Technology & Science

Thousands of children still dying daily from preventable diseases: report

Preventable diseases kill 29,000 children under the age of five every day around the world, says a report released Wednesday by UNICEF Canada.

Preventable diseases kill 29,000 children under the age of five every day around the world, says a report released Wednesday by UNICEF Canada.

Child mortality rates have actually increased in 14 countries, including nine in sub-Saharan Africa, mostly because of HIV/AIDS, the report said.

Globally, 10.6 million children are still dying from preventable causes every year.

"The fundamental difference between now and five decades ago is that we have the knowledge and proven cost-effective technologies to prevent and treat these childhood threats – including pneumonia, diarrhoeal disease, malaria and measles – yet these are still the leading causes of preventable death for the world's children," said Nigel Fisher, president and CEO of UNICEF Canada.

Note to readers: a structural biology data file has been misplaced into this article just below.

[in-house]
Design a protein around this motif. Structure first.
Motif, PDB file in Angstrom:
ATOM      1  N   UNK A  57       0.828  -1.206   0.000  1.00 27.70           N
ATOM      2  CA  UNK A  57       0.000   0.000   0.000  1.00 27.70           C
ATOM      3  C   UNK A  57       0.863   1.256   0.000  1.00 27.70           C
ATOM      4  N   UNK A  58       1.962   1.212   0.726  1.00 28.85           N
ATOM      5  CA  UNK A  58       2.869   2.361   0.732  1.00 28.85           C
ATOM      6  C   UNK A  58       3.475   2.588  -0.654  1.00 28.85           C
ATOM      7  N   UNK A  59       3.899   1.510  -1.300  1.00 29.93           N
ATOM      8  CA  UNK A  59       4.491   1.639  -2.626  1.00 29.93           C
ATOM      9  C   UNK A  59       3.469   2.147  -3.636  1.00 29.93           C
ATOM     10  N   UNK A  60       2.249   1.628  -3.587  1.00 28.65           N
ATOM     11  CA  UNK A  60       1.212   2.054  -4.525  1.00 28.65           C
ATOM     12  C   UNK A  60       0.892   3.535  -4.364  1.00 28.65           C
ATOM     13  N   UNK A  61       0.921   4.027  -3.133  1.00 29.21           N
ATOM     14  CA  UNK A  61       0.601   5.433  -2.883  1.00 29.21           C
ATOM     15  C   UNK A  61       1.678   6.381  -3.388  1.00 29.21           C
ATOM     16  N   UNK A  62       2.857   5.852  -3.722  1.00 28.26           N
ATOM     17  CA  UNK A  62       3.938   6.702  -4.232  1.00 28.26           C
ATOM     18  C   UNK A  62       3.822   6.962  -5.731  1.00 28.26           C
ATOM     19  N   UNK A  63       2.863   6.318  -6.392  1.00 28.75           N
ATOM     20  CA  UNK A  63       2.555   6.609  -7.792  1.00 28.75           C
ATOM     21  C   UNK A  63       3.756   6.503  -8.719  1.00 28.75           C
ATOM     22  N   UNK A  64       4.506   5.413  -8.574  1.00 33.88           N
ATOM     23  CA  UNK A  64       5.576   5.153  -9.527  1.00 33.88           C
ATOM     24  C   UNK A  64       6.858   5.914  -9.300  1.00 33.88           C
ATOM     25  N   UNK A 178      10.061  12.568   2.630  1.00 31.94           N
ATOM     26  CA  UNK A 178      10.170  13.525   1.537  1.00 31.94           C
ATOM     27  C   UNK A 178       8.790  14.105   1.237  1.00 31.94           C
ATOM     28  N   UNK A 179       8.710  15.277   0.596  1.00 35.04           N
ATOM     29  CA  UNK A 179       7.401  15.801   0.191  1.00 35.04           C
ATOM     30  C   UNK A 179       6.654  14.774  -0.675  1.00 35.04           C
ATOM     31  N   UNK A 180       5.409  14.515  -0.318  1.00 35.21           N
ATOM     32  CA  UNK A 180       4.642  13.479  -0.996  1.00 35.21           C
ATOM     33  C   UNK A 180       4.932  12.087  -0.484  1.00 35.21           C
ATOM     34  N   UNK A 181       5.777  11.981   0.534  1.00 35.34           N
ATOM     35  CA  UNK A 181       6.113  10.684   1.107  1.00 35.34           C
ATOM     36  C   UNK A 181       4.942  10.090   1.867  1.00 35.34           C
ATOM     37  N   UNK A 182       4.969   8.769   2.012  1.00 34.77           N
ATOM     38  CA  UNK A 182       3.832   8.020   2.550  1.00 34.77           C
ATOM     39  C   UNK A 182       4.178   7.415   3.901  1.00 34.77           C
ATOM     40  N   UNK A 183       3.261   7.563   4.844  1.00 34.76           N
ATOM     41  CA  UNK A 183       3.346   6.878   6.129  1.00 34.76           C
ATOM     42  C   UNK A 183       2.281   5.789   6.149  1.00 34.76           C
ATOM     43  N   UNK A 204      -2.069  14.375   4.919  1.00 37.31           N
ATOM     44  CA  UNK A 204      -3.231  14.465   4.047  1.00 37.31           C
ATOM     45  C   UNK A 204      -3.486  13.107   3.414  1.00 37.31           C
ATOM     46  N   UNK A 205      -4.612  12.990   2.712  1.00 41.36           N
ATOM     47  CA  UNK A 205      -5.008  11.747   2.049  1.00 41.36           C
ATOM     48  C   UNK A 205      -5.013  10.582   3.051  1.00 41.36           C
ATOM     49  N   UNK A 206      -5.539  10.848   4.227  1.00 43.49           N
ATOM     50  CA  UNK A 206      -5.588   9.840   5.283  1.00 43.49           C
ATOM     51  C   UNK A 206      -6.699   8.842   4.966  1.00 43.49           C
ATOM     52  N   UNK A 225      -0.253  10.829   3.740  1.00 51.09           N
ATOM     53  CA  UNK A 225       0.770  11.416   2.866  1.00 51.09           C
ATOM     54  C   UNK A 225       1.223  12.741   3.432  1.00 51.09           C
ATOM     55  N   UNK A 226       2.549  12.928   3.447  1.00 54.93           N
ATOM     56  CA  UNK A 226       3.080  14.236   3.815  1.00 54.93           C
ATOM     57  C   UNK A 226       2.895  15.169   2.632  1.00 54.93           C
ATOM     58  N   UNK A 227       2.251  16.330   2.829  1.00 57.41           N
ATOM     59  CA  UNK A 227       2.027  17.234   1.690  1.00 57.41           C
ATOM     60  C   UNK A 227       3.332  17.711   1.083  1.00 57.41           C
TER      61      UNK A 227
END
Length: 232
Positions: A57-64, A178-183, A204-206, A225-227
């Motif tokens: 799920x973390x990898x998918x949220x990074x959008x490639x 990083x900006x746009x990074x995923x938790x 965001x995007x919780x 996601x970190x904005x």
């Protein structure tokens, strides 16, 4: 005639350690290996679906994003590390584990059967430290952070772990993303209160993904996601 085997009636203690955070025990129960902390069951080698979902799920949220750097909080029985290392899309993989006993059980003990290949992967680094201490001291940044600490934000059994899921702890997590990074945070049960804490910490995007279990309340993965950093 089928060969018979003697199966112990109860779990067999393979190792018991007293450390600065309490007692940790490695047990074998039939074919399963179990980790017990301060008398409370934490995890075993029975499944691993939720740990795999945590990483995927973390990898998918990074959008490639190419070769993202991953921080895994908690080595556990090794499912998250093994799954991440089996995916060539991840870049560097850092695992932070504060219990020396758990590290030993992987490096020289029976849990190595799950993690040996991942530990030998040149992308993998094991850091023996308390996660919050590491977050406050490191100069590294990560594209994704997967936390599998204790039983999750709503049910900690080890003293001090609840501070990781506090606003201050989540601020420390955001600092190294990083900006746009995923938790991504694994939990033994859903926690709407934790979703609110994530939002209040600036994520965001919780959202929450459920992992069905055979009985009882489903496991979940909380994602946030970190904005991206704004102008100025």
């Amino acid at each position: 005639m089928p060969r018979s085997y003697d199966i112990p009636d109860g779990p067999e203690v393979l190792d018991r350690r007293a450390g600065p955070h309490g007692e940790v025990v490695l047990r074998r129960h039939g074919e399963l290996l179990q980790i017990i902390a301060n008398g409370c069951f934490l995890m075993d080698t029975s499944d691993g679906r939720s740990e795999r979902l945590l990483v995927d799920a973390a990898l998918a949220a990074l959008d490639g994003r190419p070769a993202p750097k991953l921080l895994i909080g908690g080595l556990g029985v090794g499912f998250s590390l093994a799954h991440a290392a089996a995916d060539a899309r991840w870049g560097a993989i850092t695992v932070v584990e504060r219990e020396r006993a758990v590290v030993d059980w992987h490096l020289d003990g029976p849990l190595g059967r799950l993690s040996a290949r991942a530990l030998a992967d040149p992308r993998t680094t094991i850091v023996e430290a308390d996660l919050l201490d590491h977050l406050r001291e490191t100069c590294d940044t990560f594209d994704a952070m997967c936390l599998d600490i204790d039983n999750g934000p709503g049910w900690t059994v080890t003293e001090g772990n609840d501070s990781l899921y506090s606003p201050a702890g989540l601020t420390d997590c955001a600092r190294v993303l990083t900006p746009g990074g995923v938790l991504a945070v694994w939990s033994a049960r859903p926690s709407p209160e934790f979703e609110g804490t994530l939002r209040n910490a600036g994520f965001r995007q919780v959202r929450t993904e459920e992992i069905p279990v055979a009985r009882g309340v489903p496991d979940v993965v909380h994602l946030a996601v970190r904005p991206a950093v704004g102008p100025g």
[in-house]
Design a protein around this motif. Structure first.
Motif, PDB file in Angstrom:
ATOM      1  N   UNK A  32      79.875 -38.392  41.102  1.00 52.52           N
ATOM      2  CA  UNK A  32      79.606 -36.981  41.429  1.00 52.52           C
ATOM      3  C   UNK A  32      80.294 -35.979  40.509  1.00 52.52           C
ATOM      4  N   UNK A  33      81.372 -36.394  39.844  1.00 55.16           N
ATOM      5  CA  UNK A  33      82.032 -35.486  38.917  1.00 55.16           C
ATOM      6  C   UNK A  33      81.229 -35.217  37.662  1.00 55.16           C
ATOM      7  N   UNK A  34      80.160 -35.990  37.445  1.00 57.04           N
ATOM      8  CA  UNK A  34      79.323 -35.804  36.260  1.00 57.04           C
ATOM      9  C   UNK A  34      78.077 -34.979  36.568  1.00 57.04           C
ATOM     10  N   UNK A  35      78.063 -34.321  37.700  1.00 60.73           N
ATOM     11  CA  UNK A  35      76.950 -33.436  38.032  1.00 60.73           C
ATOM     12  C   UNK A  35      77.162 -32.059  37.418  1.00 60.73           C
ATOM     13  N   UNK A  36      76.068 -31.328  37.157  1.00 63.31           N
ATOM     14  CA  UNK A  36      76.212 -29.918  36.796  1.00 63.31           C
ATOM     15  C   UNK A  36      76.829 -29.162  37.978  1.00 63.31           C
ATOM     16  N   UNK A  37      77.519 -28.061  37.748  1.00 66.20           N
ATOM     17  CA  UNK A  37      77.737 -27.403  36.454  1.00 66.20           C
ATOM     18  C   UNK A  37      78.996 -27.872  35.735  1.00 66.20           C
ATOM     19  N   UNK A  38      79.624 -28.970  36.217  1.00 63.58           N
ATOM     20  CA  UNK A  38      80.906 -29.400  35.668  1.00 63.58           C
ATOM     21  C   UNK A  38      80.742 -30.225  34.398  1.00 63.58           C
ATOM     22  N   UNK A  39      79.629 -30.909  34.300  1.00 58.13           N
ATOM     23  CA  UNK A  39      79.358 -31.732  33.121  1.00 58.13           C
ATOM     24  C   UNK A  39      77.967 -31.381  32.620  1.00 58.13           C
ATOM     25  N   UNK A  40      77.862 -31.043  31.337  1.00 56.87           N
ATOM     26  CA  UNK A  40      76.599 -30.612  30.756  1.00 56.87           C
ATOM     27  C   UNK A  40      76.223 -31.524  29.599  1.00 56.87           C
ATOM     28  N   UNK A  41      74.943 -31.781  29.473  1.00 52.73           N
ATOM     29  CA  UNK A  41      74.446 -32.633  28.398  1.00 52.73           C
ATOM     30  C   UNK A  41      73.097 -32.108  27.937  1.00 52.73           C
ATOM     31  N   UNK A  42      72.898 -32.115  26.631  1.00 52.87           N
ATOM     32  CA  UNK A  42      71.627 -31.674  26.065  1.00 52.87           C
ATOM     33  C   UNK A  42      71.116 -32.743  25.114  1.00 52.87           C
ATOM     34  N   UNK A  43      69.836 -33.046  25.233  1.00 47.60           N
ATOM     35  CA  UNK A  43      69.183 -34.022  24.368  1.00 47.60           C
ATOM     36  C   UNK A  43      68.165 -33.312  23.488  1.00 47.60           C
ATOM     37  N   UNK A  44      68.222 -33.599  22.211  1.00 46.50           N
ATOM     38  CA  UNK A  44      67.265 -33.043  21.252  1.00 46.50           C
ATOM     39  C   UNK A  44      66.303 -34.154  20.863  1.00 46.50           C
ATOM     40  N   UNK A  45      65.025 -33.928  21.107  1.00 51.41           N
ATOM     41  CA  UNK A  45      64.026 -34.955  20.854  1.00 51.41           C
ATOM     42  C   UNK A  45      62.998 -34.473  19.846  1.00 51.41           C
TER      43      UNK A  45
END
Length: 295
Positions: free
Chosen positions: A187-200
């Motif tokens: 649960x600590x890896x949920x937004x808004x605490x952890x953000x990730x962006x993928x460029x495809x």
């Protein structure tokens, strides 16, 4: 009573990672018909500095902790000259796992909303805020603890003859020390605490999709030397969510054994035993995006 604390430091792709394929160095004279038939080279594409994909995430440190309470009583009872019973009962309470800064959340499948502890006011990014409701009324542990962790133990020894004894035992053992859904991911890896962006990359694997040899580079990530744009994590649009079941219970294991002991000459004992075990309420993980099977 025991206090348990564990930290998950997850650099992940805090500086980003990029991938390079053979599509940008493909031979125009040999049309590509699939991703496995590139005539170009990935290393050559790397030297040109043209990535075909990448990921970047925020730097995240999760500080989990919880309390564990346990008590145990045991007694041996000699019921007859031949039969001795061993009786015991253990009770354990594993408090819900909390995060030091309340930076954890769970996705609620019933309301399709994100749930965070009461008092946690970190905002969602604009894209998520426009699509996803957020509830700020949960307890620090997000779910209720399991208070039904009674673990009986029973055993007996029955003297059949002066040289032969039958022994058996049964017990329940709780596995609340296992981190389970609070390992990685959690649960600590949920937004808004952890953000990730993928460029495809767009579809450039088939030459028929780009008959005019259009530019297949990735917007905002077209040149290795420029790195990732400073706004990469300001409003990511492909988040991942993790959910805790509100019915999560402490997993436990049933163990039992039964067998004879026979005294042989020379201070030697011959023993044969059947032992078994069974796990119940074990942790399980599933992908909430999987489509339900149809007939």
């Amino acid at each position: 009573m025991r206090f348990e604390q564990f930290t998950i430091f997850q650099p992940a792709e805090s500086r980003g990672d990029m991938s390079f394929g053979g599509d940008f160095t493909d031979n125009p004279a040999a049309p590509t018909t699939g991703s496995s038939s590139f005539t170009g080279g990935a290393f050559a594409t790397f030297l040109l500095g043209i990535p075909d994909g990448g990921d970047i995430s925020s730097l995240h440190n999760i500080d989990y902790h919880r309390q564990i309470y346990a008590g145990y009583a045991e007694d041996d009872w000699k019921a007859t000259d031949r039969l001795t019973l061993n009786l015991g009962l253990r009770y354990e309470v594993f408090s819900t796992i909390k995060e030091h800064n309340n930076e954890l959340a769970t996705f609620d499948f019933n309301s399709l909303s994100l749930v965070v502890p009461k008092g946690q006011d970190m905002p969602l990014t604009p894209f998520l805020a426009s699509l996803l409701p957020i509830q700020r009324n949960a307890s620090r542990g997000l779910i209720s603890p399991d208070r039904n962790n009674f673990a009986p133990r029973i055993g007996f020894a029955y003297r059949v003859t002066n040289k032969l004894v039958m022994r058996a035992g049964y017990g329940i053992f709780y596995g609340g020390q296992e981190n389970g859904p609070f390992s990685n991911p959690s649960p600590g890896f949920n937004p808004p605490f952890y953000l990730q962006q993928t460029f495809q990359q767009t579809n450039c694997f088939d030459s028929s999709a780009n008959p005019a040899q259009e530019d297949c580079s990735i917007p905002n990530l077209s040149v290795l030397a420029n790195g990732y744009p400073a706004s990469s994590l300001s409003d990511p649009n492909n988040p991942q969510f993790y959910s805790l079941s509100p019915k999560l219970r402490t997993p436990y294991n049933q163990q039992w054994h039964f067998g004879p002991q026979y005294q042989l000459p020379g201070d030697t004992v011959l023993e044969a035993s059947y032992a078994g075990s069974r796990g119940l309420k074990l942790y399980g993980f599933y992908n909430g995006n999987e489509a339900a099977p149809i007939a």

More political will and action is needed "to bring these diseases to their knees and break the back of the HIV/AIDS pandemic," he added in a release.

In 1955, 210 in every 1,000 children born worldwide died before age five, compared to 79 per 1,000 today.

But in some developing countries, child death rates were above 200 per 1,000 this year, Fisher said.

Causes include:

  • Pneumonia and other acute respiratory infections kill approximately two million children every year, making it the leading cause of death of children under five years of age.
  • Diarrhoeal disease kills 1.6 million children every year, primarily by causing severe dehydration that can quickly result in organ failure in young children.
  • Malaria kills 3,000 African children every day, making it the largest cause of death for children under five on the continent. Persistent anemia, lifelong brain damage or paralysis can result in survivors.
  • Measles kills more than half a million children every year.
  • HIV infects 1,800 under the age of 15 every day. Most cases are transmitted from mother to baby during pregnancy, childbirth or breastfeeding.

Many developing countries haven't benefited from the remarkable medical progress of the last 50 years, UNICEF said.

Advances such as oral rehydration therapy, insecticide-treated bed nets and more efficient vaccine supplies have helped in preventing and treating diseases, it added.

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